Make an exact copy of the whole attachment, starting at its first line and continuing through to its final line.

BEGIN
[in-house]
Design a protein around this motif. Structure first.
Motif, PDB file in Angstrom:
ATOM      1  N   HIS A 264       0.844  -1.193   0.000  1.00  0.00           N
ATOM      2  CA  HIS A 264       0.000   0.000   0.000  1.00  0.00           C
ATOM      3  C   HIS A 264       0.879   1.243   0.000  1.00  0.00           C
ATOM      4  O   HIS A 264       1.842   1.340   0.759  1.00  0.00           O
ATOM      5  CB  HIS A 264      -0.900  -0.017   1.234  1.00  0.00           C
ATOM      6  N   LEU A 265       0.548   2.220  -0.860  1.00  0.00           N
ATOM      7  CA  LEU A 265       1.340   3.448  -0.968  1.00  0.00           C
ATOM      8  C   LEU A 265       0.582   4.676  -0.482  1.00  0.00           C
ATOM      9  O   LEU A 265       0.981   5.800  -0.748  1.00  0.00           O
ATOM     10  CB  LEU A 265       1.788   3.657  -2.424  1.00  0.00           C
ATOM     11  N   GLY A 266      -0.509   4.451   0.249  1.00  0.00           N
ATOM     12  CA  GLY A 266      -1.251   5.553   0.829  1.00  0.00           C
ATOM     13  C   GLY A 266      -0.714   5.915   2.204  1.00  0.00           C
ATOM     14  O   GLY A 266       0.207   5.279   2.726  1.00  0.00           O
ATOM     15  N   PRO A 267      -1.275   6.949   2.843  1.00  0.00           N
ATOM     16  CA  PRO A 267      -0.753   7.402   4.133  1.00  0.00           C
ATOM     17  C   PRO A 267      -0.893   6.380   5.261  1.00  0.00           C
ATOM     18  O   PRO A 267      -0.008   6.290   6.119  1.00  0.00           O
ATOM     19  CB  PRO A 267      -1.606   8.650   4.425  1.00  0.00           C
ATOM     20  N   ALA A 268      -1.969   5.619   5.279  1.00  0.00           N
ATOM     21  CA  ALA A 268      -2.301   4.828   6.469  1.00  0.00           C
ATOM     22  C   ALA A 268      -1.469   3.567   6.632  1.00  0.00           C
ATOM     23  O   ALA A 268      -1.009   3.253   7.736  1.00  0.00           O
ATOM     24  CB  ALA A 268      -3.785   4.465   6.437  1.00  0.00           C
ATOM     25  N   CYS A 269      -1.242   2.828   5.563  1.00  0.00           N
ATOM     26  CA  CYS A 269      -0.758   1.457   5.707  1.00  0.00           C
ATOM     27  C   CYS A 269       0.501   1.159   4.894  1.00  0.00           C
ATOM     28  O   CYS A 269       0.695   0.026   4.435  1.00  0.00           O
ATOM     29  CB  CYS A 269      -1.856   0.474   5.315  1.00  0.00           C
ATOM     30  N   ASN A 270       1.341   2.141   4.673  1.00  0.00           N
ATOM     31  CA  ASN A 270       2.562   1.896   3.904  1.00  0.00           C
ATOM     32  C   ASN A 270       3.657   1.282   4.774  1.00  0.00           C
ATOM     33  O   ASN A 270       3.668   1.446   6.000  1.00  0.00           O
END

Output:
[in-house]
Design a protein around this motif. Structure first.
Motif, PDB file in Angstrom:
ATOM      1  N   HIS A 264       0.844  -1.193   0.000  1.00  0.00           N
ATOM      2  CA  HIS A 264       0.000   0.000   0.000  1.00  0.00           C
ATOM      3  C   HIS A 264       0.879   1.243   0.000  1.00  0.00           C
ATOM      4  O   HIS A 264       1.842   1.340   0.759  1.00  0.00           O
ATOM      5  CB  HIS A 264      -0.900  -0.017   1.234  1.00  0.00           C
ATOM      6  N   LEU A 265       0.548   2.220  -0.860  1.00  0.00           N
ATOM      7  CA  LEU A 265       1.340   3.448  -0.968  1.00  0.00           C
ATOM      8  C   LEU A 265       0.582   4.676  -0.482  1.00  0.00           C
ATOM      9  O   LEU A 265       0.981   5.800  -0.748  1.00  0.00           O
ATOM     10  CB  LEU A 265       1.788   3.657  -2.424  1.00  0.00           C
ATOM     11  N   GLY A 266      -0.509   4.451   0.249  1.00  0.00           N
ATOM     12  CA  GLY A 266      -1.251   5.553   0.829  1.00  0.00           C
ATOM     13  C   GLY A 266      -0.714   5.915   2.204  1.00  0.00           C
ATOM     14  O   GLY A 266       0.207   5.279   2.726  1.00  0.00           O
ATOM     15  N   PRO A 267      -1.275   6.949   2.843  1.00  0.00           N
ATOM     16  CA  PRO A 267      -0.753   7.402   4.133  1.00  0.00           C
ATOM     17  C   PRO A 267      -0.893   6.380   5.261  1.00  0.00           C
ATOM     18  O   PRO A 267      -0.008   6.290   6.119  1.00  0.00           O
ATOM     19  CB  PRO A 267      -1.606   8.650   4.425  1.00  0.00           C
ATOM     20  N   ALA A 268      -1.969   5.619   5.279  1.00  0.00           N
ATOM     21  CA  ALA A 268      -2.301   4.828   6.469  1.00  0.00           C
ATOM     22  C   ALA A 268      -1.469   3.567   6.632  1.00  0.00           C
ATOM     23  O   ALA A 268      -1.009   3.253   7.736  1.00  0.00           O
ATOM     24  CB  ALA A 268      -3.785   4.465   6.437  1.00  0.00           C
ATOM     25  N   CYS A 269      -1.242   2.828   5.563  1.00  0.00           N
ATOM     26  CA  CYS A 269      -0.758   1.457   5.707  1.00  0.00           C
ATOM     27  C   CYS A 269       0.501   1.159   4.894  1.00  0.00           C
ATOM     28  O   CYS A 269       0.695   0.026   4.435  1.00  0.00           O
ATOM     29  CB  CYS A 269      -1.856   0.474   5.315  1.00  0.00           C
ATOM     30  N   ASN A 270       1.341   2.141   4.673  1.00  0.00           N
ATOM     31  CA  ASN A 270       2.562   1.896   3.904  1.00  0.00           C
ATOM     32  C   ASN A 270       3.657   1.282   4.774  1.00  0.00           C
ATOM     33  O   ASN A 270       3.668   1.446   6.000  1.00  0.00           O